Halle Berry stars in the new film ‘Kidnap’ as a mom willing to do anything to save her son. HollywoodLife.com talked EXCLUSIVELY with the film’s director about working with the Oscar winner on the action movie!
Kidnap is now in theaters, and it’s the action movie everybody’s talking about. Halle Berry, 50, plays Karla, a woman who finds herself in a desperate situation when her son is suddenly kidnapped. She goes to extreme lengths to get her boy back and puts her life in danger constantly. HollywoodLife.com talked the movie’s director, Luis Prieto, 47, all about the movie, which is his first American film. Did Halle do her own stunts? How did they film those intense car chases? Check out our interview below:
There are so many car chases and car scenes in Kidnap. Was there one scene that was the most complex to film or orchestrate?
Luis Prieto: I have to say that probably the first one. On one side, it was the first one and then as Halle was incorporating her car with the freeway, and then two 18-wheeler trucks are coming from both sides of her sides and her door is open for no reason. She wasn’t wearing her seatbelt at the moment because it was the beginning of the chase, and she had just gotten in the car. That was frightening because you can see your actress open her door, reach out, close the door, and keep going. We were all extremely scared. Instead of finding her worried, she was like, “Oh my goodness, it was great. Did you get it on camera? Did you get it on camera?” That was kind of remarkable because of the devotion from Halle on this movie was amazing. She was dedicated to her part, and for all of filming she was doing all these kinds of scenes in the car. It was incredible.
Was Halle doing a lot of those stunts in the car?
Luis Prieto: Yeah, what happened was, when we were talking about the movie and how we wanted to shoot it, everyone thought, especially Halle and myself, that the best way of making this movie was shooting it for real. Like, it would have been very easy and comfortable to shoot it in a studio with a green screen where we enjoying a martini in an air conditioned environment. But instead of that, we decided to do it like movies were doing in the ’50s and ’60s and ’70s, where the chases were shot for real, on real roads, with real cars. In this movie, there was hardly any green screen, only in a couple of scenes where the kid is almost thrown from the car because we couldn’t do that for real. All the scenes with Halle, if she’s in the car, she’s in that car.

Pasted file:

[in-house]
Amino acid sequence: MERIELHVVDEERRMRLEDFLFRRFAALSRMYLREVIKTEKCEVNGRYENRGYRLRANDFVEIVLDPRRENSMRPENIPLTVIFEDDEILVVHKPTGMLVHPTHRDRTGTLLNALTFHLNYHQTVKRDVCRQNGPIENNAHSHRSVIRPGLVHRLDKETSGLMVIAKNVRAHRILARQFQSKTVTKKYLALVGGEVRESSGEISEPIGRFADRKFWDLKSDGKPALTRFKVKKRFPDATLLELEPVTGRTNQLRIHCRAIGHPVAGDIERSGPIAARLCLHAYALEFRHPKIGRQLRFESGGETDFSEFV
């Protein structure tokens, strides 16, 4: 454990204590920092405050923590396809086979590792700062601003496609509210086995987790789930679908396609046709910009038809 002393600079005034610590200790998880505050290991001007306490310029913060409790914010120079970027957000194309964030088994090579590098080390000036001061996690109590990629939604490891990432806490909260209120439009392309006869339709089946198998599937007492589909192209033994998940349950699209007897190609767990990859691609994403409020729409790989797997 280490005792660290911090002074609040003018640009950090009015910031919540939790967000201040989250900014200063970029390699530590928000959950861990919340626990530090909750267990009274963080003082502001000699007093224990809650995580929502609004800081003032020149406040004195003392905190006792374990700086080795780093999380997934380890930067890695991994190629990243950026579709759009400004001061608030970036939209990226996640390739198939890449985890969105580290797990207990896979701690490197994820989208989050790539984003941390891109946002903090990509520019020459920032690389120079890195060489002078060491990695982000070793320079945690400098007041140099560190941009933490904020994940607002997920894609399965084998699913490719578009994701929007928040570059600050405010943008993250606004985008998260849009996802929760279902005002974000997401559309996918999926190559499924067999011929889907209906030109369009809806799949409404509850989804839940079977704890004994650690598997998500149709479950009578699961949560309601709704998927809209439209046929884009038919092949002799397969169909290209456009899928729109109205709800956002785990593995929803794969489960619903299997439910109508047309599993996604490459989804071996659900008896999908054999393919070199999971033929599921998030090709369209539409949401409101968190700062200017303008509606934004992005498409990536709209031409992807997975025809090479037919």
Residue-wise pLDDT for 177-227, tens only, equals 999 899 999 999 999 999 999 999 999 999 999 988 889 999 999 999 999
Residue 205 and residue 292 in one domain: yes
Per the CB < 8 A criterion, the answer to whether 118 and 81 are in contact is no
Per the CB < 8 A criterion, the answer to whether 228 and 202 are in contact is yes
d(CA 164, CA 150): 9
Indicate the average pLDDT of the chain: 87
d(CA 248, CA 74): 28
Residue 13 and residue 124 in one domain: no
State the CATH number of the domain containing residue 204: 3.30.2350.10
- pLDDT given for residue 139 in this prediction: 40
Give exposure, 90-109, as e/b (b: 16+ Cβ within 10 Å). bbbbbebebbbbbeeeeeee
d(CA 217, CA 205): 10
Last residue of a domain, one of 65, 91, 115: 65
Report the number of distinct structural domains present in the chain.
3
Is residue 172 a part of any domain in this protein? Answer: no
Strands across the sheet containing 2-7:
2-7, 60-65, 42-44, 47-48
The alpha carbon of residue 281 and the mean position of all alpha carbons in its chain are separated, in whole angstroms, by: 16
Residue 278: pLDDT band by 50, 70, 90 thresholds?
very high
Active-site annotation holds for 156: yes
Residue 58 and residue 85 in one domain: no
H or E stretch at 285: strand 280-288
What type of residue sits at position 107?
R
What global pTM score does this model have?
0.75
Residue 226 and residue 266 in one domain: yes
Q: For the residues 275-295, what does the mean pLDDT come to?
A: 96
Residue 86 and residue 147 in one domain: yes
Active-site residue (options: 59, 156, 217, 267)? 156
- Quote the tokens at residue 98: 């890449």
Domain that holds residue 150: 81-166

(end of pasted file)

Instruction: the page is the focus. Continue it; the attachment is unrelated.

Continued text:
You filmed in New Orleans. Why that area?
Luis Prieto: Well, one of the beauties about New Orleans and for a movie like this is that there are many freeways that are parallel. So you can shut down a whole freeway for a whole day and no one gets upset with you because they have other ways of getting home and getting to work. So that was an advantage. We could never have shot this movie in Los Angeles because they would never let you do that.
Kidnap is definitely a spin on your normal, male-driven action movie. Was that what attracted you to this project?
Luis Prieto: Yes, it felt like a great film. It read very well. Your protagonist is an everyday mother, and we can all relate to that because we all have a mother. So even if you’re not a woman, especially in my case, I could think of my mother. If this had happened to her, how would she react? That’s what made this project so interesting to me. You have an everyday mother that becomes a superhero, if you will, a real superhero. They’re doing this every day. Sometimes they don’t find themselves in these extreme situations, but nevertheless they have this incredible strength. This is a female-empowering movie, and I felt it was very unique and fantastic in this genre, which is usually male driven. It’s a lot testosterone. I felt that this was so special about this movie, the fact that it is an action driven thriller with a huge emotional component. It’s driven by emotion.
I feel like in this movie Halle is the female Liam Neeson. Do you see Kidnap as a one-off or have you thought about making more films?
Luis Prieto: We definitely create a great character in the movie, and as you said, there’s a whole genre of kidnapping movies and all of them are very different. We all think about Taken and Liam Neeson. The big difference is that he’s this super agent, whereas Karla is a normal mother who, by the end of the movie, becomes a really strong woman. So to create a character that is so incredible by the end of film, where you have basically given all these strengths and powers to this woman, it is fantastic. So will there be more movies with Karla? I don’t know. But it would definitely be beautiful to help create a strong character that at the end it’s like, it was the same woman at the beginning, we just realized how far she could go.